Living with the Changing California Coast: Essential reading for coast dwellers from UCSC geologists

book cover

The famously beautiful California coast is a powerful attractor, drawing people to live and build in the coastal zone despite ongoing erosion, periodic storm damage, and regulatory hurdles. For those determined to live next to this dynamic shoreline, the new book Living with the Changing California Coast should be required reading.

Written by Gary Griggs, Kiki Patsch, and Lauret Savoy, with contributions from more than a dozen other coastal experts, the book was released in November from the University of California Press. It is a completely revised and updated edition of the 1985 book Living with the California Coast, by Griggs and Savoy. Griggs is a professor of Earth sciences and director of the Institute of Marine Sciences at the University of California, Santa Cruz. Patsch and Savoy both worked with Griggs as graduate students, and Patsch is now a postdoctoral researcher at the University of Virginia, while Savoy is a professor of geology and environmental studies at Mount Holyoke College.

The first part of the book provides a wealth of background information on coastal processes and hazards, with advice for home buyers, residents, coastal managers, and developers. There are sections on climate change, rising sea levels, coastal erosion, responding to coastal hazards, and coastal policy and legislation. The second part of the book consists of 12 chapters, each providing a comprehensive discussion of one geographic section of the coast.

"There has been a lot of investment on the coast, both public and private, so we need to heighten people's awareness of these issues," Griggs said.

Much has changed in the 20 years since the first edition appeared. People have continued to move to the coast, property values have skyrocketed, and the coast has been battered by stronger and more frequent storms. Starting with the El Niño event of 1978, the coastal climate shifted from a more moderate phase of its cycle to a period dominated by major El Niño events that bring powerful and destructive storms to the California coast.

"We entered this period of big El Niño events, with stronger storms, more cliff retreat, more beach erosion, and more seawall proposals. The combination of more people, more hazards, and higher property values has focused a lot of attention on this narrow strip of shoreline that is constantly changing," Griggs said.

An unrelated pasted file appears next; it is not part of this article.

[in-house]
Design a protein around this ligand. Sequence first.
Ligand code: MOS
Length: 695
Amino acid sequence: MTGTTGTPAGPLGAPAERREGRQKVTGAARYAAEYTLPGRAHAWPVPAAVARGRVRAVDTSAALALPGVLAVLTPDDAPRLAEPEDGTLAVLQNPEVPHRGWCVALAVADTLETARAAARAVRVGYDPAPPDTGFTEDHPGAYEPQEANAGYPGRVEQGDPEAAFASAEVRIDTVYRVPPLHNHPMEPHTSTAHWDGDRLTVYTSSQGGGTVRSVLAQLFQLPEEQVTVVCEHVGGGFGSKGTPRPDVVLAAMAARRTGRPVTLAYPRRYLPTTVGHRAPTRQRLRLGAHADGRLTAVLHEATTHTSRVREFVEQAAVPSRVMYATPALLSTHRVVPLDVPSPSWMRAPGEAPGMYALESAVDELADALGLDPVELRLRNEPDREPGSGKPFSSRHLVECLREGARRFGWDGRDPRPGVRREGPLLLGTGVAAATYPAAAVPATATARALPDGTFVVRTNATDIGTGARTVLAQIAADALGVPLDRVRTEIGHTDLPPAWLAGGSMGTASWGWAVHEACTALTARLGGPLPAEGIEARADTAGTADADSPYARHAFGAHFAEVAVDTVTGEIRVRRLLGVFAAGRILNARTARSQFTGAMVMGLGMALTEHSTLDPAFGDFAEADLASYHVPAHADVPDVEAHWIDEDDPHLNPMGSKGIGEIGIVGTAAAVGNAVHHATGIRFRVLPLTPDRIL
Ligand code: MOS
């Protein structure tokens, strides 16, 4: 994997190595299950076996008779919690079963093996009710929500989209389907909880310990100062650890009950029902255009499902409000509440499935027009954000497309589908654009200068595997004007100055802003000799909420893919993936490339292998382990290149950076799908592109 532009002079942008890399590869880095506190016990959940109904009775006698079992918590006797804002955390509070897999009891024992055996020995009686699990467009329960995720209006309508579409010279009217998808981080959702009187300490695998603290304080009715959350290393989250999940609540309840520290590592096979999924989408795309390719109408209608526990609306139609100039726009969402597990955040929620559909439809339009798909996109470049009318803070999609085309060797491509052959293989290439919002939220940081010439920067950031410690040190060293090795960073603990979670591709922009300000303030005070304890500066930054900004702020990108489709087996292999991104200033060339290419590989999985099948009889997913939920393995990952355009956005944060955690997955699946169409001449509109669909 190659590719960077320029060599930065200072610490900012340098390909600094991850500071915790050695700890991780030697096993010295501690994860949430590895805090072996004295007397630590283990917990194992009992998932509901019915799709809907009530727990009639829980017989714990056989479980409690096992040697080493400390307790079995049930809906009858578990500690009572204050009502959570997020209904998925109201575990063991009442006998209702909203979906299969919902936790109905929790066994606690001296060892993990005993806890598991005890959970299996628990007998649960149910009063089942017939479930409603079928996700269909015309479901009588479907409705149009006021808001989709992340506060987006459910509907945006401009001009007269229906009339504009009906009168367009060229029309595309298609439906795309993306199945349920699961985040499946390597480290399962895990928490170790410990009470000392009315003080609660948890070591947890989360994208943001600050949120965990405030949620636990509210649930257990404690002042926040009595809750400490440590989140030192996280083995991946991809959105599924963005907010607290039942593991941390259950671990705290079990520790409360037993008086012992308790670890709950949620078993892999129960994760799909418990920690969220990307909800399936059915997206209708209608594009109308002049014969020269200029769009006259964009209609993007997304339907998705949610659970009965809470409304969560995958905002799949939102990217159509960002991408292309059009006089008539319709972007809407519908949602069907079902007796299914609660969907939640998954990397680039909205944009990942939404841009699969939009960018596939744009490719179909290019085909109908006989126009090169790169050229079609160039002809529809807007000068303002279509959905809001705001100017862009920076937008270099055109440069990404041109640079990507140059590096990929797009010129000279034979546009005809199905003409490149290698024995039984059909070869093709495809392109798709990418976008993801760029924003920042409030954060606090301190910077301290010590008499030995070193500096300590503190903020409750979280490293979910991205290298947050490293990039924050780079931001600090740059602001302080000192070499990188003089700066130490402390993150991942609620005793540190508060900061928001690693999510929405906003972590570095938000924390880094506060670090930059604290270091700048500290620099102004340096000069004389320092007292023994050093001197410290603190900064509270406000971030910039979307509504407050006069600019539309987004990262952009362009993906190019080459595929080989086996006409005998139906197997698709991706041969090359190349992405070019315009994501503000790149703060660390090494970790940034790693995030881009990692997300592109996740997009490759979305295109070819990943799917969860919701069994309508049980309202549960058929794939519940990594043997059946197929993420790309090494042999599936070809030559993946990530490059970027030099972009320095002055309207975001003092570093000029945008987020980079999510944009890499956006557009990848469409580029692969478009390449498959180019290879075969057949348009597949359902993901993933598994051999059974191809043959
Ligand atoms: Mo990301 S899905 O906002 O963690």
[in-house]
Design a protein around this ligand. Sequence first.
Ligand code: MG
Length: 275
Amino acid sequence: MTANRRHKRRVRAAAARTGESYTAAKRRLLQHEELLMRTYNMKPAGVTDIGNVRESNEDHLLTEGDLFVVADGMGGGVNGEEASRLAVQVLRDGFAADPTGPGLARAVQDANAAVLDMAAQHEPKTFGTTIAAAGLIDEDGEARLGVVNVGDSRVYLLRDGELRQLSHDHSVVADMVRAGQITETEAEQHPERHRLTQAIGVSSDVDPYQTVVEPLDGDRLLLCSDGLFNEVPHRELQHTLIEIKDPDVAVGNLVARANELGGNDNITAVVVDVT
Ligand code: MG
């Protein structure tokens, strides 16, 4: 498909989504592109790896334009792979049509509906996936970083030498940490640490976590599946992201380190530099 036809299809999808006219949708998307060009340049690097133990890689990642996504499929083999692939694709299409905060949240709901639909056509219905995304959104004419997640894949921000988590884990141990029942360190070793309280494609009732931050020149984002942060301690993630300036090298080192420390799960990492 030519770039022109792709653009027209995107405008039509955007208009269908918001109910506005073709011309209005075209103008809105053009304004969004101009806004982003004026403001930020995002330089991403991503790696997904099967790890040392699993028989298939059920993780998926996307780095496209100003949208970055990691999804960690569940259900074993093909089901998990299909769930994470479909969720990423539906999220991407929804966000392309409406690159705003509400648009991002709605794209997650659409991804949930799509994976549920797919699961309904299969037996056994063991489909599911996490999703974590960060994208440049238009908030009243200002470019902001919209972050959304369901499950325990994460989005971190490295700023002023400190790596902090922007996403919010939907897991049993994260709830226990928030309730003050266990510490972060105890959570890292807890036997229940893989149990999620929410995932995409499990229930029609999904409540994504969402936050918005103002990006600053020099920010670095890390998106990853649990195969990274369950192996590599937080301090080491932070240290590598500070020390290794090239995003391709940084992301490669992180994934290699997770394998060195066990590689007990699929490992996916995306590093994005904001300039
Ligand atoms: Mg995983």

The book includes nearly 300 photographs and 81 detailed maps covering the entire coast. Patsch prepared the maps using geographic information system (GIS) technology to provide precise information on geologic hazards along all 1,100 miles of the California coastline. The maps include hazard ratings, erosion rates where available, descriptions of coastal landforms, locations of seawalls and other types of armoring, and other useful and interesting information about every stretch of shoreline.

The photographs include dramatic illustrations of damage to coastal structures, as well as extensive documentation of natural and man-made features along the coast. Many of the photos were provided by the California Coastal Records Project, which includes photographs of the entire coastline on its web site (

"We have much better photo coverage of the coast in this edition, and the GIS-based maps are more accurate and easier to read," Griggs said.

Living with the Changing California Coast is an essential resource for those intending to buy or build along the coast, for planners in coastal cities and counties, and for anyone who needs or wants specific information about California's various coastal regions. Aside from its practical value, the book provides a fascinating look at one of the most beautiful coastlines in the world, with information on its natural history, the forces that have shaped it, and how it continues to evolve over time.

"I think it should appeal to anybody who is interested in the coast and curious about the way the coastline operates, how it changes, and what are the issues we face in dealing with coastal hazards," Griggs said.